The center, a research organization that preserves the culture and education of hansik, was established in 1971 and offers authentic cuisine at its official restaurants Jihwaja. With three locations in Seoul, it provides a seasonal menu for today’s palette and is known to have stayed true to the original flavors of the dishes. Restaurant founder Hwang Hye-sung is famous for having learned the culinary craft directly from one of the last royal chefs of the Joseon Kingdom (1392-1910), and the venue is currently serving a full eight-course set menu (38,000 won) full of grilled eel, soybean paste stew and seasonal vegetables.

Those seeking a full-on experience with royal cuisine can indulge in the more elaborate set menus offered at the restaurant, complete with 12 side dishes traditional to the palatial palette. Typical royal cuisine, characterized by its meticulously prepared ingredients and elaborate arrangements, is exemplified in ``gujeolpan,’’ or the platter of nine delicacies. A variety of ingredients, julienned and lightly seasoned, organized in an octagonal dish, are selected and wrapped in a thin pancake made of wheat flour.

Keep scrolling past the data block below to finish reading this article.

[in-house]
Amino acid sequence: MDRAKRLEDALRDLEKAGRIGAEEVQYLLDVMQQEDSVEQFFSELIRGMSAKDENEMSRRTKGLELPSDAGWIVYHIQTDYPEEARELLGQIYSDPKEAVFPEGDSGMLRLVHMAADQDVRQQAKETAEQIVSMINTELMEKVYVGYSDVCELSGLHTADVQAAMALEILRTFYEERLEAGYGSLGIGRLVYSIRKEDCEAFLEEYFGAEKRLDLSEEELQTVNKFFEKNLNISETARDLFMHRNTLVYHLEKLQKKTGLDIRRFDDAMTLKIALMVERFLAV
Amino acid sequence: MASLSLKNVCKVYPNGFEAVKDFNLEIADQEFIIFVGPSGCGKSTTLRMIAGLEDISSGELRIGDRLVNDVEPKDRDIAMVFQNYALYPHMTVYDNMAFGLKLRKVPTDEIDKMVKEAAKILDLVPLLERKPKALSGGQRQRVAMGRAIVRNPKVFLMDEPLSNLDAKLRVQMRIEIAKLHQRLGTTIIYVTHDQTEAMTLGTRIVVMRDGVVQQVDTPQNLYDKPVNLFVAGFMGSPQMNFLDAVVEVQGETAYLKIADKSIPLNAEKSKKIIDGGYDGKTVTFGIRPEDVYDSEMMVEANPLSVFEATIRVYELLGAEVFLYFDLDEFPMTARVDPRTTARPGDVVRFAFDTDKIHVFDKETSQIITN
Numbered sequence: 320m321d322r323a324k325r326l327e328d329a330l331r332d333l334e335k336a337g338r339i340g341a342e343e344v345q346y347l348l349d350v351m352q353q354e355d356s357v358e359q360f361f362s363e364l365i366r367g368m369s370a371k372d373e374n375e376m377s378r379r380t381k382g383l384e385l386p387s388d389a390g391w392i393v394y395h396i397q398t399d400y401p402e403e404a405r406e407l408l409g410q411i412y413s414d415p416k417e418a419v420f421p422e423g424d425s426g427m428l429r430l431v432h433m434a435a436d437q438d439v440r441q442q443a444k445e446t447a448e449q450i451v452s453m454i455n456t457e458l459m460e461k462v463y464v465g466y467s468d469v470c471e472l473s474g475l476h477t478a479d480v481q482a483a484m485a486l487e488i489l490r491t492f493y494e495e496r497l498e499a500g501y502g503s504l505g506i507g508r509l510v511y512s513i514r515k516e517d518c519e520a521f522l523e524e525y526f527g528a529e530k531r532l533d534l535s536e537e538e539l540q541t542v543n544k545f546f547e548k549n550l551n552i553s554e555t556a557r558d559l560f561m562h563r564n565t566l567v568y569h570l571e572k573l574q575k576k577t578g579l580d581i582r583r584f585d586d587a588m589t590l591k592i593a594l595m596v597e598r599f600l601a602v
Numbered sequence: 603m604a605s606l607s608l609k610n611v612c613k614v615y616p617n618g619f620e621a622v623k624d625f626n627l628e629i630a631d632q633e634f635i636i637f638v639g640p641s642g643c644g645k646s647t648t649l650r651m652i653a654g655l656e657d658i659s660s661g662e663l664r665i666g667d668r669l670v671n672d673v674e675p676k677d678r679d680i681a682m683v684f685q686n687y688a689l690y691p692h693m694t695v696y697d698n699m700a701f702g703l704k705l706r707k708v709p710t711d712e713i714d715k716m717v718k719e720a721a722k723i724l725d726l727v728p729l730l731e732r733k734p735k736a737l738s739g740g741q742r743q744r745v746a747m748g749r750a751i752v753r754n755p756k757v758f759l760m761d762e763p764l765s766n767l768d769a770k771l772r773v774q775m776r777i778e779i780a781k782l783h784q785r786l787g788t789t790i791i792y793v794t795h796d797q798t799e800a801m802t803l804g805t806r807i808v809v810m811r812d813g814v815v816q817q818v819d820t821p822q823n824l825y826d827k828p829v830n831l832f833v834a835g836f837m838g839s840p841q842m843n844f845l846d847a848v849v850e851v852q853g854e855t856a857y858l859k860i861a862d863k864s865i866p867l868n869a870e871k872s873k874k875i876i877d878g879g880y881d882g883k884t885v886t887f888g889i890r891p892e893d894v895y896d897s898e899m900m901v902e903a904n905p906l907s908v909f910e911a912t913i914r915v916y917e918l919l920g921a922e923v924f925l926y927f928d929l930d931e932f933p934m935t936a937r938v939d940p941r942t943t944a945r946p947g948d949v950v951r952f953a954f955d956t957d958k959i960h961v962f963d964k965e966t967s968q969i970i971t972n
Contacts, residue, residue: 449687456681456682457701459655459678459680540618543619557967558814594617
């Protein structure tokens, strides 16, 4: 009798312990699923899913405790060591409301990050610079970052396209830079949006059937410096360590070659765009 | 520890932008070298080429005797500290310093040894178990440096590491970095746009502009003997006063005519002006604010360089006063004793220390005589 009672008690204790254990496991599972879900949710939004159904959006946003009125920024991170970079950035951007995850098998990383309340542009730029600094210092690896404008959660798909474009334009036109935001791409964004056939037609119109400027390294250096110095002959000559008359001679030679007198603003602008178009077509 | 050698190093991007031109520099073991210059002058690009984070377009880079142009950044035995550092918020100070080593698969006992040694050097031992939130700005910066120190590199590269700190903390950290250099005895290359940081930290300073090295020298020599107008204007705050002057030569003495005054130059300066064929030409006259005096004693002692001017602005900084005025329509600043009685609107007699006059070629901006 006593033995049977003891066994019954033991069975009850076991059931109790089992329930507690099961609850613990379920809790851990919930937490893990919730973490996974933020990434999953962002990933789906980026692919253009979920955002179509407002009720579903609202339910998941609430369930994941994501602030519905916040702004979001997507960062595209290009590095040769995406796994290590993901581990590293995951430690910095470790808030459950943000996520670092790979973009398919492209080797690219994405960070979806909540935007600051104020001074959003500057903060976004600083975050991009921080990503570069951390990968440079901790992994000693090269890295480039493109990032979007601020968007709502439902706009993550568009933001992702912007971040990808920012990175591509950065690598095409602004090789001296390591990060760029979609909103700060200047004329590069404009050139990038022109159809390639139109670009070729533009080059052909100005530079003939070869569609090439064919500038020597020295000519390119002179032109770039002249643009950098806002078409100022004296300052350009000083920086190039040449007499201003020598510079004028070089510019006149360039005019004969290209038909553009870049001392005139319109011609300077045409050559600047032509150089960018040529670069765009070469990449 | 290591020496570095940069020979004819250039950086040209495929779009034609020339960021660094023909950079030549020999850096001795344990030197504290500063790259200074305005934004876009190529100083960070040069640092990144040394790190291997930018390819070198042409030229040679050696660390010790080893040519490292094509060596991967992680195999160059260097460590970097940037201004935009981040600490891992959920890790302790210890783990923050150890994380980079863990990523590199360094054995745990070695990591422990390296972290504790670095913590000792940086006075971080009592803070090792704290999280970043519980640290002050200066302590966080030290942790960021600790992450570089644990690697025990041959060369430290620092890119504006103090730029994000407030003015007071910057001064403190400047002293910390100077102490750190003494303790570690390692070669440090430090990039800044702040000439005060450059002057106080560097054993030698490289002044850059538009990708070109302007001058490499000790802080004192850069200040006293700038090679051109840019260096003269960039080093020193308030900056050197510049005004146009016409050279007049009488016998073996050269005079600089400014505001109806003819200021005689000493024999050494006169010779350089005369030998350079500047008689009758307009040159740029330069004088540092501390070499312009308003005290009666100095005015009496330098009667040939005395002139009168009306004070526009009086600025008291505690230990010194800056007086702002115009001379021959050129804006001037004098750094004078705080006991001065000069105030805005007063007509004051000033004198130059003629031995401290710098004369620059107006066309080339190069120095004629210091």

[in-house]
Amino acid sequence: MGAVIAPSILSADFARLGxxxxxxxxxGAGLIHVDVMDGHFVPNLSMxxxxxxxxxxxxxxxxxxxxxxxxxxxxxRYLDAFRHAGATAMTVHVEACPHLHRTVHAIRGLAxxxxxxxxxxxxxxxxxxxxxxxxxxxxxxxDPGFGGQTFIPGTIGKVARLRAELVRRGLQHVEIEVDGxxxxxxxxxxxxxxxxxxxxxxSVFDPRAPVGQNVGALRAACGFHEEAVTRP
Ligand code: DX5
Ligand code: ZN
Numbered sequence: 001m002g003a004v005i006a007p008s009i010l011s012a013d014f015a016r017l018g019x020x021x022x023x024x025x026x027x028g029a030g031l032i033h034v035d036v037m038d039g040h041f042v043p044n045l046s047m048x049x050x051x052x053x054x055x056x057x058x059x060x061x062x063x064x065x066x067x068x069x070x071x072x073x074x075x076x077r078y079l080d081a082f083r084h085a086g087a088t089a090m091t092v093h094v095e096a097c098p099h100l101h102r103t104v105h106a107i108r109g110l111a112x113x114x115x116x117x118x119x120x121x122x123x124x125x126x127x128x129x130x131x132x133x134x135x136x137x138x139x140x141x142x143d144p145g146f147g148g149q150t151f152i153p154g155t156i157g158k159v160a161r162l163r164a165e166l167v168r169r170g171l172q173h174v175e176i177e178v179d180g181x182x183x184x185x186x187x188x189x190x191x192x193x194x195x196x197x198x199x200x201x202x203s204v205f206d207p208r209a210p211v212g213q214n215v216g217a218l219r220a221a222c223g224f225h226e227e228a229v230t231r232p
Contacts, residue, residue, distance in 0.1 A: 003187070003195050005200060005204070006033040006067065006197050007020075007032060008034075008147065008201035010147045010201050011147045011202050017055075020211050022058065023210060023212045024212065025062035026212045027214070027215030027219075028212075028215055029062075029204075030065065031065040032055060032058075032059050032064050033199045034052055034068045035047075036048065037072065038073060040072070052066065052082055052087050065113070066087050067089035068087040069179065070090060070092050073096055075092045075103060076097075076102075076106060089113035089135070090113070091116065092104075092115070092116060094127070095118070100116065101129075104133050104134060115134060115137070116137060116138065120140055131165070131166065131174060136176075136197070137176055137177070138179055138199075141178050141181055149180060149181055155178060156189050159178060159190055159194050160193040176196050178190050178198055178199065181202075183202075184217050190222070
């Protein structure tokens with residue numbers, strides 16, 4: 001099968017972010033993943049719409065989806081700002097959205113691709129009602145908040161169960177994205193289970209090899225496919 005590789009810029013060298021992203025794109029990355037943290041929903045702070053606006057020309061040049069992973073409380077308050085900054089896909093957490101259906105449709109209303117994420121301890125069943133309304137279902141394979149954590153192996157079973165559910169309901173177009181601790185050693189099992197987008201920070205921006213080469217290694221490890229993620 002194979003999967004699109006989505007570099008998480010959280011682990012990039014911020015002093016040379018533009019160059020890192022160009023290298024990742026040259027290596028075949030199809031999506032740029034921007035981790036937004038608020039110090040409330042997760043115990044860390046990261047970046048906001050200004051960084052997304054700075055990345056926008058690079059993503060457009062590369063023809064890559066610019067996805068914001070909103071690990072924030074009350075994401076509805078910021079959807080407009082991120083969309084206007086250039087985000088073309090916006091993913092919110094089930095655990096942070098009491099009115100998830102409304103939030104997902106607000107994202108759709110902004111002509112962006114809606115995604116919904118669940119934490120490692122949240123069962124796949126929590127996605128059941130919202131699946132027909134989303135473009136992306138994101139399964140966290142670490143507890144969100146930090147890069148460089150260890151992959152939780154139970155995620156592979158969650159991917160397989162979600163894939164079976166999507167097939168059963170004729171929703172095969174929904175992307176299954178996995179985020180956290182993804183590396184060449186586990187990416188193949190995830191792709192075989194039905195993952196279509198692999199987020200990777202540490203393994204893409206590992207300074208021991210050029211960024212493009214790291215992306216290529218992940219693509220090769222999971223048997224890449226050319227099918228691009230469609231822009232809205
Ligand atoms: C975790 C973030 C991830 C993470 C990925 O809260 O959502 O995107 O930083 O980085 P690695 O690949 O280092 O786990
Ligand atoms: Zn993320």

The three Jihwaja branches are located at the National Theater, the Tower Palace near Dogok Station on line number 3 and in Gahoe-dong near Anguk Station, also on line 3. For more information, visit www.jihwajafood.co.kr.

Other venues also offer royal cuisine, for those looking to explore new outlets in the capital. Ilhwadang in SamcheongGak, a traditional-style resort located near Cheong Wa Dae, comprises their menu on fresh ingredients harvested from Mt. Bukak and visitors can also immerse themselves in special performances of Korean crafts or tea ceremonies. Located in Seongbuk-dong; for more information call (02) 765-3700 (English and Korean) or visit www.samcheonggak.co.kr (Korean only).

Suraon serves a diverse range of set menus, from ``juk’’ (porridge) meals to well-being courses, and offers performances on an in-door stage. Located in Banpo-dong; for more information, call (02) 595-0202 (English and Korean) or visit www.suraon.co.kr (Korean only).

…To street delights